A humane society, it was assumed, would pool some of its resources to guard against these personal misfortunes. Like any insurance system, citizens would be expected to pay small premiums. But unlike private insurance, everyone would be included regardless of the likelihood that they'd need to draw on the insurance pool. Rich and poor, healthy and sick, young workers and older workers--all would pitch in.
Treasury Secretary O'Neill would prefer going back to the days before social insurance, when individuals either had to save their own earnings against the possibility they'd need help down the line or buy their own private insurance. Presumably, if the responsibility rested entirely on their shoulders, they'd save more and take better precaution to avoid harm's way.
Some families, however, don't earn enough to allow them to save much of anything. And some harms--a catastrophic illness, a disabling accident, a factory closing, a stock-market plunge--can't be avoided.
Meanwhile, private insurers naturally will do everything they can to sign up clients at the lowest risk of needing them, while eschewing the high risks. After all, insurance companies and HMOs aren't charitable institutions--they need to show profits. And all are becoming more efficient at discriminating among potential consumers, weeding out the high risks and marketing to the low.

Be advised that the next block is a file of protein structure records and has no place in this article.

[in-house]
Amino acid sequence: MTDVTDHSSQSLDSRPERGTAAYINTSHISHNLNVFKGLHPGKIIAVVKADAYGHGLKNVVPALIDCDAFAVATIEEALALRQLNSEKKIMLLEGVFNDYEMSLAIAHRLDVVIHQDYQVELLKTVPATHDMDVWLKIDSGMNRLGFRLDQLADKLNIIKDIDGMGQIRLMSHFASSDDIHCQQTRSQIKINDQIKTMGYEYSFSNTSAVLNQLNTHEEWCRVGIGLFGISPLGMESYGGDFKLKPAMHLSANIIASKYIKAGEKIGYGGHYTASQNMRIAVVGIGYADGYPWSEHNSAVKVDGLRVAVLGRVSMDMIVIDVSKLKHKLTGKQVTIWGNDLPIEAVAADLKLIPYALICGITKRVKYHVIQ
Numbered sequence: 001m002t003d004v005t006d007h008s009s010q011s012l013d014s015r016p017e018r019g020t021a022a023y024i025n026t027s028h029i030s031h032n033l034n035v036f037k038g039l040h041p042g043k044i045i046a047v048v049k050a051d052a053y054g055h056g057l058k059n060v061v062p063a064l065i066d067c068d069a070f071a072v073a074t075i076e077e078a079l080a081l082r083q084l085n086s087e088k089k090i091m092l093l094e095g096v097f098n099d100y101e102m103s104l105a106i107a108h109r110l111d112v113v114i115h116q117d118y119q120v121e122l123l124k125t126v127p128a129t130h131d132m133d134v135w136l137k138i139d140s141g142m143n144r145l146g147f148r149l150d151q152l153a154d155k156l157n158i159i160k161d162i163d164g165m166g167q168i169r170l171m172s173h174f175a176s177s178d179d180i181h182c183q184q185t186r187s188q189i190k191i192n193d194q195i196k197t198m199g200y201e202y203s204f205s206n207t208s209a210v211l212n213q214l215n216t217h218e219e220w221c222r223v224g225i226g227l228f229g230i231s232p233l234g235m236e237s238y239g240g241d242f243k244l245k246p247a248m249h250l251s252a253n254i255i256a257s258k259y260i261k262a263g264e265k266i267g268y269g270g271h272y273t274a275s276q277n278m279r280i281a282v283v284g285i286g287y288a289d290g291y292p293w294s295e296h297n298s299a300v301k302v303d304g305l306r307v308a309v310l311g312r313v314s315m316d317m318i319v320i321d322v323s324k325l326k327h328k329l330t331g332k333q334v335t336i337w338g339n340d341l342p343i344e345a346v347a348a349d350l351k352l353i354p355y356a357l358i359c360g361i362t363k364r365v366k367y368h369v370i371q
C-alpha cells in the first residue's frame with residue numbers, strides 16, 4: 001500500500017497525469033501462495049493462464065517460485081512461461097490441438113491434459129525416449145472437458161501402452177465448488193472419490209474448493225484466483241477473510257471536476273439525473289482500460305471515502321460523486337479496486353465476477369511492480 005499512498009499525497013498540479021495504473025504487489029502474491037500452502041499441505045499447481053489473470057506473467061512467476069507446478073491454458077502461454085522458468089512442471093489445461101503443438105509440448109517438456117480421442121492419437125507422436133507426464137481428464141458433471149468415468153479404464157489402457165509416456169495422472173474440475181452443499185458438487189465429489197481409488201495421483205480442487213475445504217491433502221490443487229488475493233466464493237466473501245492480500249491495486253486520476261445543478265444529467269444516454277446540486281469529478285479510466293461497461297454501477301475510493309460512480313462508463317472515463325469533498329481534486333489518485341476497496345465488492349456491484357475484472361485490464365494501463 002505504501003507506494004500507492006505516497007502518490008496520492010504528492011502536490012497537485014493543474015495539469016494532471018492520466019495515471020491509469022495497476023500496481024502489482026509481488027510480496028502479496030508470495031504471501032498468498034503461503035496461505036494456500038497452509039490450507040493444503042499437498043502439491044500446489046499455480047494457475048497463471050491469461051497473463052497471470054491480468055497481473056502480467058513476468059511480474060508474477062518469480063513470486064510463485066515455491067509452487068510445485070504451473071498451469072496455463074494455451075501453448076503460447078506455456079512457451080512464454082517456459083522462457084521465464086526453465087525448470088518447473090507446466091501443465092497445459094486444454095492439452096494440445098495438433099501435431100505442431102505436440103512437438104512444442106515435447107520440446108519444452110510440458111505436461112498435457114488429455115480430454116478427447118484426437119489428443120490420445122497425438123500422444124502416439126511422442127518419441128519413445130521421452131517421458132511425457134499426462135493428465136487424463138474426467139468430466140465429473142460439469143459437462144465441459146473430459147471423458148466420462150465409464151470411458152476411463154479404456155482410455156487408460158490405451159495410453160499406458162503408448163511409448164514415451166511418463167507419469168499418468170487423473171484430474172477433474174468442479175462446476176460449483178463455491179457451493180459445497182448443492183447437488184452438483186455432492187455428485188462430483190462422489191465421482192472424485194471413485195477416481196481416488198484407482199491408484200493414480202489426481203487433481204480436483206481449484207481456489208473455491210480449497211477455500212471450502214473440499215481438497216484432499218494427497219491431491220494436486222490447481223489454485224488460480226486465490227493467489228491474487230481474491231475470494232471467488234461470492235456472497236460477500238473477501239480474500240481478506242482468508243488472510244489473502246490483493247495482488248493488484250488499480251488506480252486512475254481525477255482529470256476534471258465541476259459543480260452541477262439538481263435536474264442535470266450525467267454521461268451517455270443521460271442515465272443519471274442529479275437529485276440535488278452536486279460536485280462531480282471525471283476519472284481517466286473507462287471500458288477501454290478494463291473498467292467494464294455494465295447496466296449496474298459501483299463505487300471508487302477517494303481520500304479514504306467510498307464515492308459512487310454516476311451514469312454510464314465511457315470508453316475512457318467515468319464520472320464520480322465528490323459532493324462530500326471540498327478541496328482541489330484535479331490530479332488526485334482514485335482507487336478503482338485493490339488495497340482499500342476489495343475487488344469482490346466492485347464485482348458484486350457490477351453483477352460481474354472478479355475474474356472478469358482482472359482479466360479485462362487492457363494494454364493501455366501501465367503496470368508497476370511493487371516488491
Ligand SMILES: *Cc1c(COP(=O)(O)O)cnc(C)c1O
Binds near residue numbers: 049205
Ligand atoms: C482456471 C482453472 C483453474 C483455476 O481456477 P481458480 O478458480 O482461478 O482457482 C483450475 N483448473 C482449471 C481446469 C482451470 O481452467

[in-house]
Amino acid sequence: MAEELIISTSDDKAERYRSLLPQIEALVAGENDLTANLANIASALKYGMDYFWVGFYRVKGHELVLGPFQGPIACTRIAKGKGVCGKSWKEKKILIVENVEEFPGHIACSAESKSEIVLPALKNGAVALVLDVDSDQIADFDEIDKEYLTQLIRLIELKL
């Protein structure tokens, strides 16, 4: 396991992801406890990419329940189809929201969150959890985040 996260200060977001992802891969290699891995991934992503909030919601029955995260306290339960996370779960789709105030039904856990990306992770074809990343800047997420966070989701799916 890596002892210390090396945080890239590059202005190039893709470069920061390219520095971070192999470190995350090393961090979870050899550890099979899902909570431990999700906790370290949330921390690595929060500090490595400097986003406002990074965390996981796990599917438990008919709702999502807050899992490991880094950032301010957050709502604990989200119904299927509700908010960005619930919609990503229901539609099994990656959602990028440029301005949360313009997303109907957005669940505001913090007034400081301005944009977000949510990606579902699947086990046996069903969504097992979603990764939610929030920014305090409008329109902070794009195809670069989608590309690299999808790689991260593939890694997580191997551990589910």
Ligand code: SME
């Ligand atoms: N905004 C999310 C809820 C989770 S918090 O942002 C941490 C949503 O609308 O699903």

So without social insurance, people who are poorer or who face higher risk of having bad things happen to them won't be covered. People at the other end--richer and at lower risk--will efficiently pool their resources and get insurance at a much lower rate than if they had to bear the extra cost of insuring the poorer and the riskier.
It's coming to be like that all over the land. The richer, healthier, younger, well-educated and well-connected and their children are doing better and better. (They even got a big tax windfall just now.) And the gap between them and the bottom half of the nation widens.
It's not just an income and wealth gap. It's also a geographical gap--they live farther and farther apart. And a psychological gap--the better off don't even encounter the other half or understand them or empathize with the daily burdens and challenges they face.
The welfare "safety net" that was included in the Social Security Act of 1935 already is in shreds. Unemployment insurance reaches a far smaller percentage of people who lose their jobs than it did two decades ago.
And now Social Security and Medicare are on the dock.
When Americans faced a common problem--the Depression, a hot war, a cold war--we understood intuitively that we were all in it together. Someone's misfortune could be anyone's: "There but for the grace of God go I." Social insurance was a natural impulse, a first cousin to patriotism.
But that sense of commonality is waning as we drift into separate worlds of privilege and resignation.
Treasury Secretary O'Neill and the administration of which he is a part may see the future of American society better than we would like to admit to ourselves. But if that's the future, it won't be much of a society.
Robert B. Reich,